College of Pharmacy, Hebei University, Hebei Province Key Laboratory of Pharmaceutical Quality Control, Baoding, China 071002
Received date: February 22, 2012; Accepted date: April 24, 2012; Published date: April 26, 2012
Citation: Duan Y, Liu H, Sun S, Gu Y, Li J, et al. (2012) On-Line Solid-Phase Extraction Based on Poly (NIPAAm-MAA-co-EDMA) Monolith Coupled with High-Performance Liquid Chromatography for Determination of Nitrendipine and Nisoldipine in Human Urine. J Chromat Separation Techniq 3:123. doi:10.4172/2157-7064.1000123
Copyright: © 2012 Duan Y, et al. This is an open-access article distributed under the terms of the Creative Commons Attribution License, which permits unrestricted use, distribution, and reproduction in any medium, provided the original author and source are credited.
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A solid-phase extraction absorbent material based on poly (N-isopropylacrylamide-co- methacrylic acidco-ethylene glycol dimethacrylate) [poly (NIPAAm-MAA-co-EDMA)] monolithic column was developed for the simultaneous determination of nitrendipine and nisoldipine from human urine. The morphology of monolithic column and pressure drop across the columns were characterized. The results showed excellent permeability and high selectivity. Urine samples (0.05 mL) were injected directly onto the prepared Solid-Phase Extraction (SPE) monolithic column. Most biological matrix compounds in urine were removed by on-line SPE technology, while nitrendipine and nisoldipine retained on the SPE column were effectively separated on a C18 analytical column. For all analytes, linear calibration curves were obtained over a range of 50-500 ng/mL with coefficient of correlation > 0.9996. Accuracy and precision for inter- and intra-day assay showed acceptable results for quantitative assay with Relative Standard Deviation (RSD) less than 10%. The recovery was found to be in the range of 89-102%. The results indicated that the prepared monolith was feasible to be use as an on-line SPE sorbent material and the method was especially appropriate for multi-analytes monitoring in urine samples.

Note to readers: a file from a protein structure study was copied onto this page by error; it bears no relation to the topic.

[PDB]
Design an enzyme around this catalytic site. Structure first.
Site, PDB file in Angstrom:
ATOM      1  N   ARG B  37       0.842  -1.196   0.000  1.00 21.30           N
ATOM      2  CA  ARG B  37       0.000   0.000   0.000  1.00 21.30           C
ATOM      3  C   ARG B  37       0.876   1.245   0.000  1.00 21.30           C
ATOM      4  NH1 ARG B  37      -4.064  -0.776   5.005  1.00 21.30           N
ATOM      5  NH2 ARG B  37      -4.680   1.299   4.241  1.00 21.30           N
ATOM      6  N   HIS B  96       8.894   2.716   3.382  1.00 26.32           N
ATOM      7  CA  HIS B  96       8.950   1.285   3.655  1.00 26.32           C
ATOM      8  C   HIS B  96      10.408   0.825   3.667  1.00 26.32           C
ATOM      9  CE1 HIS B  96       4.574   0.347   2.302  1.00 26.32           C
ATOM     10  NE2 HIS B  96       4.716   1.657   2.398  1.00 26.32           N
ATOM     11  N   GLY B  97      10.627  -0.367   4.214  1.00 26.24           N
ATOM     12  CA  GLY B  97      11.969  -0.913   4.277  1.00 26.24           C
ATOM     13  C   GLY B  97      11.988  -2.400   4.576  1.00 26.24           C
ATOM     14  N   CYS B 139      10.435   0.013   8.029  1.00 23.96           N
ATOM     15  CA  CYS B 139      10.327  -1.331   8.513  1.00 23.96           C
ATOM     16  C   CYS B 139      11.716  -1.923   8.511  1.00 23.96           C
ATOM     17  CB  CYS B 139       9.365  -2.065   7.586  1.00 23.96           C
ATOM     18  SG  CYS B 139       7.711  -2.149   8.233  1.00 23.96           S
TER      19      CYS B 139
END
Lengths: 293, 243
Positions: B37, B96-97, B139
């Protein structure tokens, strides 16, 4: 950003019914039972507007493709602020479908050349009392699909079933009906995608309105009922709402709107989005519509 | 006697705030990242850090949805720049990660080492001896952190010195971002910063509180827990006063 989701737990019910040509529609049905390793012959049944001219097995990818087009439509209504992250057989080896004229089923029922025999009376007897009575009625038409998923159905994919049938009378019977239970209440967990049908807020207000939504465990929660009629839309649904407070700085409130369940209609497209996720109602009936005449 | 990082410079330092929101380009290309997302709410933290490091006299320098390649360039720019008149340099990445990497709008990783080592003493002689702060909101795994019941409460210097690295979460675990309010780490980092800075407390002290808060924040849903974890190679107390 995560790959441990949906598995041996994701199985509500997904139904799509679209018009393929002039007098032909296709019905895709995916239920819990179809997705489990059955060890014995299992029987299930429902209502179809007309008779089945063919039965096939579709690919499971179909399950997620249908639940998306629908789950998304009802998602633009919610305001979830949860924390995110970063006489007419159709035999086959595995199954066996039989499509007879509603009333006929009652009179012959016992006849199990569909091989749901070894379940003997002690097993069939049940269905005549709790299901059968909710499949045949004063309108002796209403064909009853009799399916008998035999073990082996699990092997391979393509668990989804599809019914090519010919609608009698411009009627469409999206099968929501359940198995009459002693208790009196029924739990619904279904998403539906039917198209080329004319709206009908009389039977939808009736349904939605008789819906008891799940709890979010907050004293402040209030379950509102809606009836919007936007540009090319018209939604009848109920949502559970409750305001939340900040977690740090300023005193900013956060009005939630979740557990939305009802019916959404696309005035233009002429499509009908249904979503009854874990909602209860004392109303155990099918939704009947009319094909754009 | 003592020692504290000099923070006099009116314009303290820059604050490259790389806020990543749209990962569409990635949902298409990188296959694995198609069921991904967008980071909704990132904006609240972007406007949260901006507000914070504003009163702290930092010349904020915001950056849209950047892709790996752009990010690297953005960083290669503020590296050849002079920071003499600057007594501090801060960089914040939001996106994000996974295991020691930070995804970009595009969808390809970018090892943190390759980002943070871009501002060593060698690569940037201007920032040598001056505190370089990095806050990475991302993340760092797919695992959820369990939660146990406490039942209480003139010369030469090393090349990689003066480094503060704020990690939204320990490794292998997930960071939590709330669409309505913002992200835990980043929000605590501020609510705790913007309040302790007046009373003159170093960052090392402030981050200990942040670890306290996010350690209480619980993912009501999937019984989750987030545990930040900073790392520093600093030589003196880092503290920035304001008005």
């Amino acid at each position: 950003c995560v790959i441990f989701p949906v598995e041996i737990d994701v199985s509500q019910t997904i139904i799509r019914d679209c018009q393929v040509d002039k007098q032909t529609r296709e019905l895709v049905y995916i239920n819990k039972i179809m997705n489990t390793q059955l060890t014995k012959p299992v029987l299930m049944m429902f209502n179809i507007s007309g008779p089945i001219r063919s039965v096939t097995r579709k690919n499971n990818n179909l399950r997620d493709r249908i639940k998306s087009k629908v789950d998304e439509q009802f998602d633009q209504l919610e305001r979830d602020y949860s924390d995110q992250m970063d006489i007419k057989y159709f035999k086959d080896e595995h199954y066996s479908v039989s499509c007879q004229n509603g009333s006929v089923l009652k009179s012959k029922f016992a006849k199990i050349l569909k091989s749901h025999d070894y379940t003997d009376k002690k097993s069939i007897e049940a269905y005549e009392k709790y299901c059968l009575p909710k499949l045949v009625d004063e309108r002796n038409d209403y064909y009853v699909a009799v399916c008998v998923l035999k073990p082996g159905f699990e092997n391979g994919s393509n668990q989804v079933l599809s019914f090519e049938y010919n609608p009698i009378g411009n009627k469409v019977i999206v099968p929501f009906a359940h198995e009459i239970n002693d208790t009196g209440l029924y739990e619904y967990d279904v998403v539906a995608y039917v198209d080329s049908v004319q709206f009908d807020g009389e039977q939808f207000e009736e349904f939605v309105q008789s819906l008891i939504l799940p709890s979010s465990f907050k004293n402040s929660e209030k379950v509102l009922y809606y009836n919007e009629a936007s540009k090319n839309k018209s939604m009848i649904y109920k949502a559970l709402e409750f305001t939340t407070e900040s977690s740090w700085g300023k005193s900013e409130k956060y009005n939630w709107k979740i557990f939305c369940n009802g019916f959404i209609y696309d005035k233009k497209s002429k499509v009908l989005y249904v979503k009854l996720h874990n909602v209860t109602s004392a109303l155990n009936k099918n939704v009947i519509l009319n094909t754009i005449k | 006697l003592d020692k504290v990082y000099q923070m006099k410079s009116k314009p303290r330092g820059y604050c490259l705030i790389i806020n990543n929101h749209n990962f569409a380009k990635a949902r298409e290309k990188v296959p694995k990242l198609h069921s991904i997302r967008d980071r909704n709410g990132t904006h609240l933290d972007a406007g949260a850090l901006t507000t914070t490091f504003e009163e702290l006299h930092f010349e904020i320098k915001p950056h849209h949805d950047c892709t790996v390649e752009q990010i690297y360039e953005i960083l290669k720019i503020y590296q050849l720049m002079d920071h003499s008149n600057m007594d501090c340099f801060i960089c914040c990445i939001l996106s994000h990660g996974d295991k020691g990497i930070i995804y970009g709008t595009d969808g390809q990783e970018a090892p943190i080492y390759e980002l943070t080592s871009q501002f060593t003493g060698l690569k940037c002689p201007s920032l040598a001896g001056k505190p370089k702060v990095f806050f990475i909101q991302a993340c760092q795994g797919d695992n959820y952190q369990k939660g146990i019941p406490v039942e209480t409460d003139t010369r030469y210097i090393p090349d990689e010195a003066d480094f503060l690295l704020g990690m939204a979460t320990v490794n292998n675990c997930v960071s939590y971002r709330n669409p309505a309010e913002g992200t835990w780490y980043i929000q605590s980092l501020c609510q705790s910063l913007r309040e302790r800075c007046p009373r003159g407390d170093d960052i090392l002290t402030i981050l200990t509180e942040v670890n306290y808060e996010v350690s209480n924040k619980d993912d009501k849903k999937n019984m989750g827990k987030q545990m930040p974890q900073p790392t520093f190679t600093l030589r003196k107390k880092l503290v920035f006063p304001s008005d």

P (NIPAAm-MAA-co-EDMA) monolithic column; Online solid-phase extraction; Nitrendipine; Nisoldipine; Human urine
AIBN: 2, 2′-azobisisobutyronitrile; AR: analytical reagent; EDMA: ethyleneglycol dimethacrylate; GC: gas chromatograph; HPLC: high-performance liquid chromatography; LOD: limit of detection; LOQ: limit of quantification; MAA: methacrylic acid; MS: mass spectrometry; NIPAAm: N-isopropylacrylamide; QC: Quality control; RSD: relative standard deviation; SEM: scanning electron microscope; SPE: solid-phase extraction
In analytical laboratory work, one of the most important factors for the successful quantitative analysis of biological samples prior to the high-performance liquid chromatography (HPLC) would have to be proper sample pretreatment . As well known to all, sample preparation is one of the most laborious, time-consuming, and errorprone steps for the traditional methods . In the recent years, SPE has been paying much attention for sample preparation [3-4], especially on-line SPE, because it not only overcomes many disadvantages in traditional methods e.g. protein precipitation [5-7], liquid–liquid extraction , but also incorporates the sample pretreatment and enrichment of organic analytes in the extraction and analysis steps, and there are minimal sample preparation steps required, only need sample mixing with the urine. Meanwhile, on-line SPE technique has high sensitivity, selectivity and cost-effective as well as environmental protection [9-11]. In view of these features, SPE column and analytical column (e.g. C18 commercial column) have been combined to apply in HPLC [12-14]. This method has already been successfully used for analysis of similar compounds [12-14]. Therefore, highly selective sorbents in SPE column have to become an important factor. Monoliths based on organic polymers and those based on silica have been developed intensively in liquid chromatography. Monoliths not only offer a relatively large surface area arising from its highly interconnected porous structure, but also have the unique properties of easy preparation and high permeability for liquid biological samples at high flow rates [15,16]. For these advantages, monoliths are becoming increasingly popular as SPE sorbents .